It doesn't move/no slop when cocked either with or without a snapcap, but if you manual release the firing pin/decock, it has a slight amount of forward play without the snapcap. It is weird, and my No 4 rifle does not do the same thing.
 

·
Registered
Joined
·
7 Posts
Discussion Starter · #5 ·
headspaced with the same bolt that is installed?
or a different one?


Enfields are not really plug and play like US stuff,
the bolt should not move back or forward when it is in the locked (or ready to fire) position
Yeah, Enfields are nothing like Mausers, and I played hell getting the 3x No1 Mk III's to have functional bolts, with in-tolerance bolt heads, AND correct headspace. I had enough leftovers to make 3 or 4 bolts, but a lot of the heads seemed out of tolerance.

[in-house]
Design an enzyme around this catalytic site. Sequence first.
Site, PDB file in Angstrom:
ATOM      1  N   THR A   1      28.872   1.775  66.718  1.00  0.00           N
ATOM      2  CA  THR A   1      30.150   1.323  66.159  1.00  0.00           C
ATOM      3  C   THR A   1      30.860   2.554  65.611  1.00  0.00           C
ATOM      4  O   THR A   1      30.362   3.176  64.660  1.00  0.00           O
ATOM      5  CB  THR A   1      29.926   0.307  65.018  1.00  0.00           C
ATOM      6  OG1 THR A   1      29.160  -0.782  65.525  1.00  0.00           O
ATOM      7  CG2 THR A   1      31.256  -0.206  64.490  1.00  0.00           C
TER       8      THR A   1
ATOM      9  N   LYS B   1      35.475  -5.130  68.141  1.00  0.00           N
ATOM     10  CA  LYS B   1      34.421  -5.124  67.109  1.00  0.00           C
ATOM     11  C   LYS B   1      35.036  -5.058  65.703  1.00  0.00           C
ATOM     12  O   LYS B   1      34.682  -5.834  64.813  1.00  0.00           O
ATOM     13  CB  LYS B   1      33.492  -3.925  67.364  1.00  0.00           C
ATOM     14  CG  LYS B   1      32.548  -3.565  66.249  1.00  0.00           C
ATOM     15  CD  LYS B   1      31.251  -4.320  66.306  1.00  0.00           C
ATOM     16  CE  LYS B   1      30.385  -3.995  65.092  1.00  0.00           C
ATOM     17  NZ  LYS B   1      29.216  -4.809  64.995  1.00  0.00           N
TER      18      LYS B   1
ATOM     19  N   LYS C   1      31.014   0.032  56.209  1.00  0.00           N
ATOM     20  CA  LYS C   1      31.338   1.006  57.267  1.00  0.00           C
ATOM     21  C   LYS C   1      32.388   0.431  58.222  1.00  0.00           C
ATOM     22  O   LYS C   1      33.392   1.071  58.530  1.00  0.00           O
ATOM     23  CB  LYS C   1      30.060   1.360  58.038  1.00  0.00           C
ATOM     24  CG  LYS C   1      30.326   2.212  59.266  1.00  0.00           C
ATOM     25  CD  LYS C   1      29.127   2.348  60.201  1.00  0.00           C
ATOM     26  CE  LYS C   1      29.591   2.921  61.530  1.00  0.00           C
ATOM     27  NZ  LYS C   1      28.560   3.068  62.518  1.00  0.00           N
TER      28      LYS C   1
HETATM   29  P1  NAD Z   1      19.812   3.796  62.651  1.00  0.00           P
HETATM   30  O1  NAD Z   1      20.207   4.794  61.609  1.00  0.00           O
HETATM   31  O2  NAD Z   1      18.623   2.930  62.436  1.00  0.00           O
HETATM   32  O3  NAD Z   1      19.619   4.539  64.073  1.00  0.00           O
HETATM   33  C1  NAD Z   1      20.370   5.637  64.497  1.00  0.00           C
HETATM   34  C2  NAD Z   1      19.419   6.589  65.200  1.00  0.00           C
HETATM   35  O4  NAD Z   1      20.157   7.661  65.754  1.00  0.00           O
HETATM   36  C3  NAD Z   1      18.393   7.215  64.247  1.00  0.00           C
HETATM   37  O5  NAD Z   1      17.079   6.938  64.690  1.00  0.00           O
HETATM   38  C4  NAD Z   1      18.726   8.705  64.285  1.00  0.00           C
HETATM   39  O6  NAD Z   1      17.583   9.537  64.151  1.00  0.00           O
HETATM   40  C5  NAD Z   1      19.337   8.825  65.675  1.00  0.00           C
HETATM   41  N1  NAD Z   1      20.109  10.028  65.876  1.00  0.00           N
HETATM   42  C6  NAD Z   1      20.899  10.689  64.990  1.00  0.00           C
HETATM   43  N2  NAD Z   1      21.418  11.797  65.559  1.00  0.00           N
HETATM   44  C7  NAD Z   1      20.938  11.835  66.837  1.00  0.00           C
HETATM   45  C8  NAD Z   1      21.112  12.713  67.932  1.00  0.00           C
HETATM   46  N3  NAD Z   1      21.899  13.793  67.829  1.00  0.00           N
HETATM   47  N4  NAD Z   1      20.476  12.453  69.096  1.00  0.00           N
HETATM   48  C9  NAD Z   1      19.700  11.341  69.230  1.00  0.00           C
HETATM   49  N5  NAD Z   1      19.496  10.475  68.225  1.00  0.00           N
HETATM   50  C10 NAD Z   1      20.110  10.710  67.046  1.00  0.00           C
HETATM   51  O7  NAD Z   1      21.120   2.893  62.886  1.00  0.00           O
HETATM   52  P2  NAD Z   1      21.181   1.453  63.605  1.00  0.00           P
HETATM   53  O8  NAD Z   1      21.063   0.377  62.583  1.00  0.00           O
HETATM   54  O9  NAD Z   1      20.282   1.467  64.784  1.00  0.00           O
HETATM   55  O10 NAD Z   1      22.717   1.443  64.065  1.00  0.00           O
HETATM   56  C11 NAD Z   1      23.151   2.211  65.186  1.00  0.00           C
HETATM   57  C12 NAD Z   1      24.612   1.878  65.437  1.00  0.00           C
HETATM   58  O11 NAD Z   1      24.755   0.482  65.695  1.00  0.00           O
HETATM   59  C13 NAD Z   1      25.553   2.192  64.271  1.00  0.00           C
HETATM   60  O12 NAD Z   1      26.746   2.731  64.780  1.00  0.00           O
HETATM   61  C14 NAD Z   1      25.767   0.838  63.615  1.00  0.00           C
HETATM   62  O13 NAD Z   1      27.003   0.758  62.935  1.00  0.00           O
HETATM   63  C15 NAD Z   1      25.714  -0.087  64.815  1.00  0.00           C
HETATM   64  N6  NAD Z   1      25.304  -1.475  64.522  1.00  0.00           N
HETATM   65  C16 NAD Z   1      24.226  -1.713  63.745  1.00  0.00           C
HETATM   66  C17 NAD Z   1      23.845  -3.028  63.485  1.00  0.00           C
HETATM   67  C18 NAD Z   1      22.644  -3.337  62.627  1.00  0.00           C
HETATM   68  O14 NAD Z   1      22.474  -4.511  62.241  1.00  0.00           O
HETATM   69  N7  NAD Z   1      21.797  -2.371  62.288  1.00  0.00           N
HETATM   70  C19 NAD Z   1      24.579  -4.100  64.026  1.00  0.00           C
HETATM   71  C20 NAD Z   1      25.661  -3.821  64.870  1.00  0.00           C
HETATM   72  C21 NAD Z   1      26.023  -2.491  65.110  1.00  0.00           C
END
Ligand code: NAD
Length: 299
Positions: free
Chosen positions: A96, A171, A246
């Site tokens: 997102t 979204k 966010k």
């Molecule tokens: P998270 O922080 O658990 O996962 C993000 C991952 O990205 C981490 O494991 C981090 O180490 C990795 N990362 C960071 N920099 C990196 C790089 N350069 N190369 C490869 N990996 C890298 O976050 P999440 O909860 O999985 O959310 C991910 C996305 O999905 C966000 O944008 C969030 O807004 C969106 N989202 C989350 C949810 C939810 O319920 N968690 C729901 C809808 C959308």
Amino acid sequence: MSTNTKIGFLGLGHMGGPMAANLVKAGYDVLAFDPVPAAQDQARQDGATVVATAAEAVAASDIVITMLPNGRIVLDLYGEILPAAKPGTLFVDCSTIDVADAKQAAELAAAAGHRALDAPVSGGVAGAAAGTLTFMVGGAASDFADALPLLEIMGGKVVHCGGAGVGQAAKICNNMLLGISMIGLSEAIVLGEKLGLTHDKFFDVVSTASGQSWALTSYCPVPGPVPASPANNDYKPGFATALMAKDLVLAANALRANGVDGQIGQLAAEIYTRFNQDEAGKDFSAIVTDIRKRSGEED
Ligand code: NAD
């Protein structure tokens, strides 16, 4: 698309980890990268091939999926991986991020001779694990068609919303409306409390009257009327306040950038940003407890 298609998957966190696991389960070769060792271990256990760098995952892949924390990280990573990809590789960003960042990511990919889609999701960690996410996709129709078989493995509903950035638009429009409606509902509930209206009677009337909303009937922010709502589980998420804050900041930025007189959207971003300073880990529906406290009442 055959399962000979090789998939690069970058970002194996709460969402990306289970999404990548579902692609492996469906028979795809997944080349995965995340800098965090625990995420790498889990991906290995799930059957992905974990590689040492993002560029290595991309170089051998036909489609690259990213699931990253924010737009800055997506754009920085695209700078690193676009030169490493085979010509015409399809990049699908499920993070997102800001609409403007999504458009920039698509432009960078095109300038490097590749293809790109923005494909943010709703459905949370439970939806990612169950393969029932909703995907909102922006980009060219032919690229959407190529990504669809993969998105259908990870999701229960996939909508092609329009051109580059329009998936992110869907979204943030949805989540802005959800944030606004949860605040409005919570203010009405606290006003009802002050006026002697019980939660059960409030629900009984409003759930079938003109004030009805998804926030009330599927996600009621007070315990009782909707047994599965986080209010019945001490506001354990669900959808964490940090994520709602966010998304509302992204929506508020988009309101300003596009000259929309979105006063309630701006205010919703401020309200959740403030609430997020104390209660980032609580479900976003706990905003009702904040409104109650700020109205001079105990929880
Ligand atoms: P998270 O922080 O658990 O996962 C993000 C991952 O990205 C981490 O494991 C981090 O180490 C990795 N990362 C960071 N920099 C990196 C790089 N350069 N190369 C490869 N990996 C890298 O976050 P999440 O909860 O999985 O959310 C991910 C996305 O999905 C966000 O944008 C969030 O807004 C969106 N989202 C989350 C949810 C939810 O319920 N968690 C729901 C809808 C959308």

·
Registered
Joined
·
113 Posts
Putting aside the whole which bolt, which bolt head, correct fitting, bolt head overturn etc.

If I am understanding this correctly

The headspace for a Lee Enfield is measured from the front face of the Bolt head to the rear face of the chamber.
The max headspace is 0.074" over which the bolt must not close.
Your bolt has 0.125" 'slop' on top of anything else
At the minimum slop your CHS is to long by at least 0.051".

The slop disappears when cocked because the bolt is pulled and held rearwards by the pressure of the striker compressing its spring, this does not correct CHS.

The No1 Mk111 bolt heads were individually fitted to each rifle, not plugged and played.
 

·
Registered
Joined
·
7 Posts
Discussion Starter · #7 ·
Thanks, I'll go back to the drawing board and try to figure out where the slop is coming from. I have 3 bolts I can compare. For the record, the original action had no bolt. I have a complete No 4 bolt that matches the barrel I put on the No 5, a No 5 bolt body from BRP, and numbers matched No 4 rifle I am using as my baseline. This No 5 is going to be mismatched at best. The donor No 4 rifle with the sportied barrel had been hacked to pieces, so I only kept the barrel and bolt.